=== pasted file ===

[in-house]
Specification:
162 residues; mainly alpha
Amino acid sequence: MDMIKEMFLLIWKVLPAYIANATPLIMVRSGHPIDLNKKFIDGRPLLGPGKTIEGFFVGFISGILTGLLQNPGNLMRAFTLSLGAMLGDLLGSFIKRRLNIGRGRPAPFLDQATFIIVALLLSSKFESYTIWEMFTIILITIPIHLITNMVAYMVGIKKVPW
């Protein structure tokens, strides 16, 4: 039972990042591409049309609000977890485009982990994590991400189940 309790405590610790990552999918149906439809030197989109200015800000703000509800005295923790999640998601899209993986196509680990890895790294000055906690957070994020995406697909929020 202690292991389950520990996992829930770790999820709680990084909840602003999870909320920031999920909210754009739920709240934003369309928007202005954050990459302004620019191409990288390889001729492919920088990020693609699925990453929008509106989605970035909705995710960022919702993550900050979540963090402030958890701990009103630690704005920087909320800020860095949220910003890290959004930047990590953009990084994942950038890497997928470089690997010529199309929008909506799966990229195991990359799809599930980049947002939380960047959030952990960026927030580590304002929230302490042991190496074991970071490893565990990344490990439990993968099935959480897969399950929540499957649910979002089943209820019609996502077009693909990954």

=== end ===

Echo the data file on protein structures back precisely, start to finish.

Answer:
[in-house]
Specification:
162 residues; mainly alpha
Amino acid sequence: MDMIKEMFLLIWKVLPAYIANATPLIMVRSGHPIDLNKKFIDGRPLLGPGKTIEGFFVGFISGILTGLLQNPGNLMRAFTLSLGAMLGDLLGSFIKRRLNIGRGRPAPFLDQATFIIVALLLSSKFESYTIWEMFTIILITIPIHLITNMVAYMVGIKKVPW
């Protein structure tokens, strides 16, 4: 039972990042591409049309609000977890485009982990994590991400189940 309790405590610790990552999918149906439809030197989109200015800000703000509800005295923790999640998601899209993986196509680990890895790294000055906690957070994020995406697909929020 202690292991389950520990996992829930770790999820709680990084909840602003999870909320920031999920909210754009739920709240934003369309928007202005954050990459302004620019191409990288390889001729492919920088990020693609699925990453929008509106989605970035909705995710960022919702993550900050979540963090402030958890701990009103630690704005920087909320800020860095949220910003890290959004930047990590953009990084994942950038890497997928470089690997010529199309929008909506799966990229195991990359799809599930980049947002939380960047959030952990960026927030580590304002929230302490042991190496074991970071490893565990990344490990439990993968099935959480897969399950929540499957649910979002089943209820019609996502077009693909990954």